Definition of lady jane grey

The 'Lady Jane Grey' is a rarely used term to describe a shot in the game of snooker. The cue ball is baulk side of the spotted black after potting a red ball. The black is powerfully potted into a top corner pocket and the cue ball bounces off the top cushion into the red balls, moving them into space, thus allowing the continuation of a break. Named after Lady Jane Grey, the 16th Century Queen of England, possibly because the speed the cue ball must be hit matches the speed with which she was deposed from the throne.

24 Random Essential Billiards Terms

Two or more object balls that are touching or are close together.
To bungle a shot in a manner that leaves the table in a fortuitous position for the opponent. Contrast sell the farm.
To play a shot using a more difficult application of stroke and speed to achieve a certain desired position for the next shot, even at the expense of or sharply increasing the likelihood of a miss.
This describes a player who is not particular good at completing long shots. They may have other skills that help them in the game of one pocket pool, but when faced with long shots; their execution is less than perfect.
This is when it is necessary to change a set handicap after play indicates it favors one player more than the other.
To take one's two-piece cue stick apart. When done before a game's conclusion, it often indicates that the game is conceded.
The normal phenomenon where the object ball is pushed in a direction very slightly off the pure contact angle between the two balls. Caused by the friction imparted by the first ball sliding past or rotating against the other ball.
The sides of a table's frame upon which the elastic cushions are mounted. May also be used interchangeably with cushion.
All-Africa Pool Association. The AAPA is a member of the WPA.
This is a version of double elimination tournament play that splits the field of competitors into two brackets that come together for a single elimination championship game.

1- A tip tool with fine, sharp points used to roughen the cue tip to better hold chalk after it has become hardened and smooth from repeated impacts with the cue ball. Tappers are firmly tapped on or pressed against the tip. Scuffers serve the same purpose, but are used differently.

2- Describes a shot where one has a chance to miscue. Usually heard in reference to long draw shots. As in, "It's a tip-tapper!".

A bank shot that follows a Z shaped pattern as it bounces off of two rails.
This game is played on a smaller octagonal table filled with bumpers in the middle and two more bumpers surrounding a hole on each side of the table. The game is played by trying to sink the balls into the opposite pocket by hitting the object ball directly instead of using a cue ball.
A cue made specificaly for an individual player. The term may also describe a quality product of a low volume yielding cue maker who puts more time and effort into both the design and structural integrity of the cue stick, as opposed to a cue manufacturer that builds their cues in a more assembly line fashion.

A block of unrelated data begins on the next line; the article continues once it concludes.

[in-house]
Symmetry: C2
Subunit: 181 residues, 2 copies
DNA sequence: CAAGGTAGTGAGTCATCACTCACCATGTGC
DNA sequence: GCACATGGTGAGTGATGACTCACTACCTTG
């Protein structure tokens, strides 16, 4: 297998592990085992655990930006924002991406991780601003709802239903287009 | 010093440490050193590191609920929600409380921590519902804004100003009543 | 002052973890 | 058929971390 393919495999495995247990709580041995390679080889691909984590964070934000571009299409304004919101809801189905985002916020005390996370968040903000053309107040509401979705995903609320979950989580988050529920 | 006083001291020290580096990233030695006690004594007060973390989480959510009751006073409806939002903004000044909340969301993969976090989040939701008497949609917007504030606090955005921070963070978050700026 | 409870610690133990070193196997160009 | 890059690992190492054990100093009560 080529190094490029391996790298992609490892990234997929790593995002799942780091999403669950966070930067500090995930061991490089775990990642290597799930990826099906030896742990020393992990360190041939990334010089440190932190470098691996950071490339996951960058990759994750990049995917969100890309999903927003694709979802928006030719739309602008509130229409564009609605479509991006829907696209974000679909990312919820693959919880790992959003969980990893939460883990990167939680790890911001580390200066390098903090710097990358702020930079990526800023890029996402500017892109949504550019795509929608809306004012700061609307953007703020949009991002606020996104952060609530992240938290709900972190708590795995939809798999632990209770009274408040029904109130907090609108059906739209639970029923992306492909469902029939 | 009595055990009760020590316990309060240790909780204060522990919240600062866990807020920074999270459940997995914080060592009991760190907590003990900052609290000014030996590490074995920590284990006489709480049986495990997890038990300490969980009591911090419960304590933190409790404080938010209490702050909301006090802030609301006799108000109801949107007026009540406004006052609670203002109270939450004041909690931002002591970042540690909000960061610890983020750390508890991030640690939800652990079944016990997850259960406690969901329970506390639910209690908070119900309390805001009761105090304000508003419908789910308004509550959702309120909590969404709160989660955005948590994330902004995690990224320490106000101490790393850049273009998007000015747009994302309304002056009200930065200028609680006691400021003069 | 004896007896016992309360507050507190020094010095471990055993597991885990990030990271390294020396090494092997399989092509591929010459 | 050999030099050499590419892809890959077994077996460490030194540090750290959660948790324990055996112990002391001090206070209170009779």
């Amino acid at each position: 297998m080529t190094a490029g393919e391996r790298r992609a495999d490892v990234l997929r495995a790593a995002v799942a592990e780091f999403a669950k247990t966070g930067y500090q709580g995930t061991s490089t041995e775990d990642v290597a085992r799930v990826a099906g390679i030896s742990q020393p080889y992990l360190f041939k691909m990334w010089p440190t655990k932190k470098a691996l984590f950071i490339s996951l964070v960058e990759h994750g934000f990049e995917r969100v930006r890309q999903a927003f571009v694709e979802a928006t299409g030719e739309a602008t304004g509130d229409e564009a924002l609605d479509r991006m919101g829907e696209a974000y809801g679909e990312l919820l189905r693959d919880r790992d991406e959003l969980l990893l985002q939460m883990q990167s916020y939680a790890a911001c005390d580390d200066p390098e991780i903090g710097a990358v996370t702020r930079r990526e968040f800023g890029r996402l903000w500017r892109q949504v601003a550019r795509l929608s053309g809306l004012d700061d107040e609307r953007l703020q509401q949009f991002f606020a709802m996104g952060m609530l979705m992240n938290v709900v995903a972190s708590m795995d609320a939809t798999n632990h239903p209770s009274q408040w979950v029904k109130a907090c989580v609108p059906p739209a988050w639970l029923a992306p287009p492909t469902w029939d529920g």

In blackball, a penalty conceded by a player after a fault. The incoming opponent is then allowed to miss twice before the faulting player is allowed another visit. Many local rules state the in-hand from the "D" or baulk (or if the opponent potted the cue ball, from anywhere) nature of the second shot is lost if a ball is potted on the first shot, that it is lost if the ball potted in the first shot was that player's last coloured ball (object ball in their group), and/or that there is only ever one shot on the black after a fault.
More commonly known as "straight pool", it was for many years the most popular game in pool and the game on which all World Championships were based.
14.1 is a call-shot game played with all 15 numbered balls and cue ball. Every ball pocketed counts as one point and a game is played to a agreed up score, generally 50, 100, or 150 points.
Traditional straight pool matches are played to 150 points.14.1 is also called "continuous pool" because, after the opening break, play continues until a player reaches the winning score. When only one numbered ball is left on the table, the remaining 14 are racked (with the apex ball missing), and play continues.
Either of the two longer rails of a billiards or pocket billiards table, bisected by a center pocket and bounded at both ends by a corner pocket. Also called a long rail.
Competition between an individual player and an individual opponent, as opposed to team play such as scotch doubles and other multi-player variants.
A team play format in which an individual player from the home team plays a race against an individual player from the visiting team, and then is finished for that match. Several large leagues use this format, including APA/CPA and USAPL.
During a set if the opponent does not win a single game, they are said to have been skunked.
This describes balls that are not able to be made in a pocket, either because they are high up on the table, in a different pocket, or in a cluster that makes the shot difficult. This condition of being out of play obviously exists on different difficulty levels.
The person in charge of the game whose primary role is to ensure adherence by both players to the appropriate rules of the game being played. Other duties of the referee include racking each frame, re-spotting balls during the course of a game, maintaining the equipment associated with the table (e.g. keeping the balls clean), controlling the crowd and, if necessary, controlling the players. Formerly sometimes referred to as the umpire.
To move a ball (usually deliberately) from a safe position, e.g. close to the middle of a cushion or in a cluster, so that it becomes pottable.
Same as position. "She got good shape for the next shot". See also position play, leave.
Also topspin, top-spin, top. Same as follow. Contrast bottom spin, back spin.